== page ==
Equal tentric as being the center of the as deep as Capricorn, the tropic of world, according to the Ptolemaic Capricorn, which is the sun's farthelt system, which our author usually fol- progress southwards. This motion lows. Some say again this change of the sun in the ecliptic occafions was occasion d by altering the course the variety of seasons, else bad the of the sun, the fun was bid turn reins Spring perpetual smil'd on earth with from the equinoctial road in which vernant flowers, if the sun had conhe had moved before, like dijlant tinued to move in the equator. It is breadth in both hemispheres, to Tau- likewise Dr. Burnet's allertion, that rus with the seven Atlantic Sifters, the primitive earth enjoy'd a perthe constellation Taurus with the petual spring, and for the same reaseven stars in his neck, the Pleiades son of the sun's moving in the equadaughters of Atlas, and the Spartan tor. But though this notion of a tuins, the sign Gemini, Caftor and perpetual spring may be very pleasing Pollux, twin-brothers, and sons of in poetry, yet it is very false in phiI'yndarus king of Sparta, up to the losophy; and this position of the Tropic Crab, the tropic of Cancer, earth so far from being the best is the sun's farthest stage northwards ; one of the worst it could have, as bence down amain, Dr. Bentley reads Dr. Keill hath prov'd excellently as much, as much on one side of the well in the fourth chapter of his Exequator as the other, but if any al. amination of Dr. Burnet's Theory of icration were necessary it is easier the Earth. to read thence down again, by Leo 673. —to Taurus) Dr. Bentley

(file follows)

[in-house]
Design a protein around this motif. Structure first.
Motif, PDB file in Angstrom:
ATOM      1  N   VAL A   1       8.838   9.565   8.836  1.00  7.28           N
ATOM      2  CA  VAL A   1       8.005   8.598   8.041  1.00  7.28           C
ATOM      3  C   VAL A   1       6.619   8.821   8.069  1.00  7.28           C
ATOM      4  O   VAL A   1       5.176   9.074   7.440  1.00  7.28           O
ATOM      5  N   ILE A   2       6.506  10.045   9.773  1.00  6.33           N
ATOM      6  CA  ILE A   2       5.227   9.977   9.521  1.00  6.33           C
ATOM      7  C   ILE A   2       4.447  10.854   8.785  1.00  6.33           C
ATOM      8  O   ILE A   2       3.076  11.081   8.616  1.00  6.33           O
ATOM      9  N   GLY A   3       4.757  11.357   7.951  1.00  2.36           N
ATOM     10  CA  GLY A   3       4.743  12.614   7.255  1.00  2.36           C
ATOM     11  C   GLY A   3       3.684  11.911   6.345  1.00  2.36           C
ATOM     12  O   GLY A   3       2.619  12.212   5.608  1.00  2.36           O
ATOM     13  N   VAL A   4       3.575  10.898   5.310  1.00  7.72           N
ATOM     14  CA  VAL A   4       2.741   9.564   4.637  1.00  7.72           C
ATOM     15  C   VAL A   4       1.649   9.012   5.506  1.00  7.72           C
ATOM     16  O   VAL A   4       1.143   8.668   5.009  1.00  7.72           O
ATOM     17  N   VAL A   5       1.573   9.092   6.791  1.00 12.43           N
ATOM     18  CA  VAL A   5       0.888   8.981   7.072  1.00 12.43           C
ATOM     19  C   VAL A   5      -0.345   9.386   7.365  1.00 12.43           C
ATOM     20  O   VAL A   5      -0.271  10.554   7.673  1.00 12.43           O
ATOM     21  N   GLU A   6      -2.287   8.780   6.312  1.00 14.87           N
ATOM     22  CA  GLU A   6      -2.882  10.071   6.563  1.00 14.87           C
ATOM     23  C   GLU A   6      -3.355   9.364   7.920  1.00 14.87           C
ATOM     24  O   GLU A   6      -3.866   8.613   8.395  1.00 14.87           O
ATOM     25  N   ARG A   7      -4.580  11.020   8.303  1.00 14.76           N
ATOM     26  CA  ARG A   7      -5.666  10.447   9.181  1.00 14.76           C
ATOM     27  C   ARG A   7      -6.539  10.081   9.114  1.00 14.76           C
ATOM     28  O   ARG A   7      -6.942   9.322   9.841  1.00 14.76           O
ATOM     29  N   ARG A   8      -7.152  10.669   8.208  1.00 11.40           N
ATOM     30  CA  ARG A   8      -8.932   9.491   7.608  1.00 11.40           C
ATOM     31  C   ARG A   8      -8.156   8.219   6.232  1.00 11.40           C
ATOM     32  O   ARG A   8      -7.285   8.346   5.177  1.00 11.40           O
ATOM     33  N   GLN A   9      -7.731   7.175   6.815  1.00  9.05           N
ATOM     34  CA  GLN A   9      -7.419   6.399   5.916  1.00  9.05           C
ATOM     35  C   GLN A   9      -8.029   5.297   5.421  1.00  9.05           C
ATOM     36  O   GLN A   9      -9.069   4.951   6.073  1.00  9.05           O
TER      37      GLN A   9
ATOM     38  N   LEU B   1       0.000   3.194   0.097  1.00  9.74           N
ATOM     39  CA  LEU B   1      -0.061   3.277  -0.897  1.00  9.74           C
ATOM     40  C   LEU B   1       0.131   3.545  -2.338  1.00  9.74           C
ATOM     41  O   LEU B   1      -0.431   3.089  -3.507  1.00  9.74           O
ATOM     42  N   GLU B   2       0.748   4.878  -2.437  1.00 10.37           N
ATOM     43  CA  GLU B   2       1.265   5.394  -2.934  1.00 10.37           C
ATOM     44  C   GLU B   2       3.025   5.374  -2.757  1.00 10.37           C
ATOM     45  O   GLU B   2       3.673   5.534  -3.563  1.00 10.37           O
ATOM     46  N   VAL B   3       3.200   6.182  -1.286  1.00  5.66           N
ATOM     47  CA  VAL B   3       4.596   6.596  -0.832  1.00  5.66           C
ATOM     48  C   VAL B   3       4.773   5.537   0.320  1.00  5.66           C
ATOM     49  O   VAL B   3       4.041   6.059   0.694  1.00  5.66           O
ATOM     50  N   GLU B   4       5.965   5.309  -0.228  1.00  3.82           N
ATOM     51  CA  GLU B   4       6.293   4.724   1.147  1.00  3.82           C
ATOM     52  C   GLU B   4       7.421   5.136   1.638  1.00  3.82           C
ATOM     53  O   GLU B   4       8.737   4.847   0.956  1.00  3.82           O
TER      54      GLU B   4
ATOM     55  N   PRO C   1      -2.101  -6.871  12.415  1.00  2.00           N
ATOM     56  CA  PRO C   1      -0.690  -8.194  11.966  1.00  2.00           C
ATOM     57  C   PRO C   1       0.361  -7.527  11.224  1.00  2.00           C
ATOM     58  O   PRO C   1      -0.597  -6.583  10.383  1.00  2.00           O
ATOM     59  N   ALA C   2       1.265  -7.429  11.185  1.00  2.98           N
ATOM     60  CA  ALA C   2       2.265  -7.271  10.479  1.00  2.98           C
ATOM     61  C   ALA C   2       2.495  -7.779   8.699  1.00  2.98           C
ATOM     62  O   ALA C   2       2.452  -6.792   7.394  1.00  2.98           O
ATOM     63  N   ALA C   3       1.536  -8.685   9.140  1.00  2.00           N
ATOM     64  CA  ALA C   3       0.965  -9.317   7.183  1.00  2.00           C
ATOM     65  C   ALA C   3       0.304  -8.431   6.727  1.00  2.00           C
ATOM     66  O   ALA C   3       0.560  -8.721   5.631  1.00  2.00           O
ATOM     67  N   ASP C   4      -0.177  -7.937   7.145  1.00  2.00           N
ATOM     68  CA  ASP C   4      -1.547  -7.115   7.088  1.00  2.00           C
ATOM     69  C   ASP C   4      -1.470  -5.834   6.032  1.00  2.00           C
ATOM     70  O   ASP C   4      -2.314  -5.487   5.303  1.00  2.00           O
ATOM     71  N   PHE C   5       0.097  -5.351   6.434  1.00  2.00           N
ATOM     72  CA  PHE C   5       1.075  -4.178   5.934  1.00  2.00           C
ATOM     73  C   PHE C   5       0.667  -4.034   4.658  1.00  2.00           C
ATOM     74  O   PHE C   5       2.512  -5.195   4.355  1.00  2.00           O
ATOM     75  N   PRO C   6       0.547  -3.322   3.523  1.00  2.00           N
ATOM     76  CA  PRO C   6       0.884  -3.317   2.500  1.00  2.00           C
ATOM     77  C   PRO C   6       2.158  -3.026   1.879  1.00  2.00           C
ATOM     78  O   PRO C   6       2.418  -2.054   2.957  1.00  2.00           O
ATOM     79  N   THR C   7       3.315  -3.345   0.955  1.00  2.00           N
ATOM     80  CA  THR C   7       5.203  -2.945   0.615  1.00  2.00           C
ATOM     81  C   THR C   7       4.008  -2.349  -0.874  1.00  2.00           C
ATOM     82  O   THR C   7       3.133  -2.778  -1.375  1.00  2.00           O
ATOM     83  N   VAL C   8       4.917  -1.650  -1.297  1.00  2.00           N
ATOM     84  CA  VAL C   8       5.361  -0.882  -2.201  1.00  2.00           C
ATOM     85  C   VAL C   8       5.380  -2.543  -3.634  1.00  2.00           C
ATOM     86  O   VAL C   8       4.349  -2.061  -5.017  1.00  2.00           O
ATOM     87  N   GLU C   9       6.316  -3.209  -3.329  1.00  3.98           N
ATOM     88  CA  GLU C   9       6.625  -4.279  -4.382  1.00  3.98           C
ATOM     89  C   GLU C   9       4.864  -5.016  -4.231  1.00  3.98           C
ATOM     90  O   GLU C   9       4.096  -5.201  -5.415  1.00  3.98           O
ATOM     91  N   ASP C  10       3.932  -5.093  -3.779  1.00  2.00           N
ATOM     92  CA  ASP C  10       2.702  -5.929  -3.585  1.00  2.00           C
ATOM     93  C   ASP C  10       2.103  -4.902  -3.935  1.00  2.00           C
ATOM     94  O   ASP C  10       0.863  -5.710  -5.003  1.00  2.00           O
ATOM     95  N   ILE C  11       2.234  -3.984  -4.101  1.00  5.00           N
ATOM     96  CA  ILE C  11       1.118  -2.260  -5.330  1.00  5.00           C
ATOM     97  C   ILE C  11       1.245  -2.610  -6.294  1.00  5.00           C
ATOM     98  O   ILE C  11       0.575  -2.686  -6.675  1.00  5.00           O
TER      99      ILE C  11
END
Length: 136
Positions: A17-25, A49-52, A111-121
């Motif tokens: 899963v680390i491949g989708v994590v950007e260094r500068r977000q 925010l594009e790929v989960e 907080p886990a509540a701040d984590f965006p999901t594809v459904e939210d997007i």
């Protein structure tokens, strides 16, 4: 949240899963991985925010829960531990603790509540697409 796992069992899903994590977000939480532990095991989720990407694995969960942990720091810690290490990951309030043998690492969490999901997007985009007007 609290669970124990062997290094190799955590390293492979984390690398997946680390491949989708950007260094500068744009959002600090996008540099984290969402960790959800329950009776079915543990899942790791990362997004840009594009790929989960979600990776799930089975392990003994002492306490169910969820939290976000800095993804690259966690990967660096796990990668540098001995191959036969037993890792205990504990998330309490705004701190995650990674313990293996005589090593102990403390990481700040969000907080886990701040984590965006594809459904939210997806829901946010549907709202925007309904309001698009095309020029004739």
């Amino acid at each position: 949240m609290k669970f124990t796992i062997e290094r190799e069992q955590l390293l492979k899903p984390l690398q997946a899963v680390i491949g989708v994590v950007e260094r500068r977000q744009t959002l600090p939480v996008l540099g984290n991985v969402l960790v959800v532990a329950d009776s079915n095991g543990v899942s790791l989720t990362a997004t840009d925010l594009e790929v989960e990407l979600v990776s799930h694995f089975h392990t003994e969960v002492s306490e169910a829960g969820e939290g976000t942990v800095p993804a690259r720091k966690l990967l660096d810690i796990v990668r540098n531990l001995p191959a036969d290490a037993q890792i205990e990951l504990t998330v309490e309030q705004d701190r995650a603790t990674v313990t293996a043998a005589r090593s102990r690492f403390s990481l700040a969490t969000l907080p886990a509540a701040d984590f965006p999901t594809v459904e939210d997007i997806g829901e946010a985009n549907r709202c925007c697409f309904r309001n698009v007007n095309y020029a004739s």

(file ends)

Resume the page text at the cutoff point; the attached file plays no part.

] and the Virgin, the sign Virgo, and reads through Taurus, through it tbc Scales, the constellation Libra, and Gemini, up to Cancer. And
cEqual in days and nights, except to those 682 Beyond the polar circles ; to them day Had unbenighted Thone, while the low fun
To recompense his distance, in their fight i
Had rounded still th' horizon, and not known
InMr. Pope approves this emendation, Thyestes and Atreus brethren hated and it seems probable, through Taurus each other outrageously; the first in and By Leo afterwards answering to spite lay with the wife of Atreus, each other.
but he having gotten his brother's 686. - Eftotiland,] A great tract children in his power pretended a of land in the north of America, desire of reconciliation, and invited towards the Ar&ic Circle and Hud- him to a banquet. Thyestes, that fon's Bay; as Magellan is a country he might see his children, dissembling in south America, which together his augmented malice, came; the with its straits took their name of fealt being over, his brother let him Ferdinandus Magellanus a Portu- know he had been entertain’d with guese, who in the year 1520 first the flelh of his sons, and their blood discover'd them. Hume. mix'd with the wine, and show'd
687. --- At that tafted fruit him the sad proof of what he had Tbe fun, as from Thyeftean banquet told him, their heads and hands
turn'd &c.] Dr. Bentley says which he had reserved for that purthat Thyéftean for Thyeftian is intole- pose. At this the sun is said to have rable: but I have shown that Milton turn'd away, as Milton here says he used Ægean for Ægéan, in my note did when the more dreadful banquet on I. 745. and so our poet in his was made on the fruit of the forSamson Agonifles, ver. 133. uses Cha- bidden tree. Richardson. by bean for Chalybean. "Infances of We may farther observe that it is such a poetical liberty may be found called the Thyestean banquet, though in the best ancient poets as well as made not by him, but only for him; in the modern ones. Pearce. and Euripides in like manner calls